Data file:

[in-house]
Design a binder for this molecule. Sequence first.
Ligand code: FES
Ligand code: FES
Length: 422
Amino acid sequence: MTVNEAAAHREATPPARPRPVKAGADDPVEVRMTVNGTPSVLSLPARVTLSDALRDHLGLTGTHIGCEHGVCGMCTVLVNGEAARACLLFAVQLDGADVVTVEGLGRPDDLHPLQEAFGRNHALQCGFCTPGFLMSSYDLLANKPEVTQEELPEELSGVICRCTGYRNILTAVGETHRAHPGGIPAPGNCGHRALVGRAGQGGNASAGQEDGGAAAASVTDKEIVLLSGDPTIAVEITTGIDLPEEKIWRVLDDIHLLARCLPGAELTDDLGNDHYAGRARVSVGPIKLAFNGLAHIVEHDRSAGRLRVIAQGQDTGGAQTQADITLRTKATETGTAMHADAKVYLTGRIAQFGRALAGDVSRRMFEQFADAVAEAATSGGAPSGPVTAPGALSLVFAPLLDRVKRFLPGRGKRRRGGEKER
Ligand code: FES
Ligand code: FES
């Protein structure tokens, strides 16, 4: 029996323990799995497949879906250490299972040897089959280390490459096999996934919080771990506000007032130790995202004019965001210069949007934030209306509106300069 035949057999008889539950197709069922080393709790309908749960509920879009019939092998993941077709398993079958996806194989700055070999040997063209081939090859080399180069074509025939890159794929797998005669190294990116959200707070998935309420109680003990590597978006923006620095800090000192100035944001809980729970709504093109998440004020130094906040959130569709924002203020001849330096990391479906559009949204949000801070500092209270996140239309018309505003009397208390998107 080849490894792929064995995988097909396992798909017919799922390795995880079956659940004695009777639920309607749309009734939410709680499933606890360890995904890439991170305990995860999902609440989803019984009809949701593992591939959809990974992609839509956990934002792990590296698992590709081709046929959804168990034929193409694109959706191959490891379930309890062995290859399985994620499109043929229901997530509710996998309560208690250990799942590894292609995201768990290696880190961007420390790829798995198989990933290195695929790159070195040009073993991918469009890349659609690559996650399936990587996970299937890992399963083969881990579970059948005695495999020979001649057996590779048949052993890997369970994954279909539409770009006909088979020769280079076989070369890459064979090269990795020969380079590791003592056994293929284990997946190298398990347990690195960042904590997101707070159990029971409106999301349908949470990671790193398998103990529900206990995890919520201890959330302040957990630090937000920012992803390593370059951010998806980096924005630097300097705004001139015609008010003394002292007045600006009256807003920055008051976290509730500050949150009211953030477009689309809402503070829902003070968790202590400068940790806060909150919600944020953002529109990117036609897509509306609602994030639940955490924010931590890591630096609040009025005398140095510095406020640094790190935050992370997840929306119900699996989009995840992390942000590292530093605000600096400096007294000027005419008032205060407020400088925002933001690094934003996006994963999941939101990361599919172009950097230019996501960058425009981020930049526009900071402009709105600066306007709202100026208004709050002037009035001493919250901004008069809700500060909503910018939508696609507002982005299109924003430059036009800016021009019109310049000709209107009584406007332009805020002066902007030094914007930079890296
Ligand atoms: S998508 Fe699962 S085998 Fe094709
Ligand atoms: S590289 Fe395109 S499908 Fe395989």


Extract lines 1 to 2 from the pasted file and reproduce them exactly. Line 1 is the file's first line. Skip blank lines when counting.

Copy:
[in-house]
Design a binder for this molecule. Sequence first.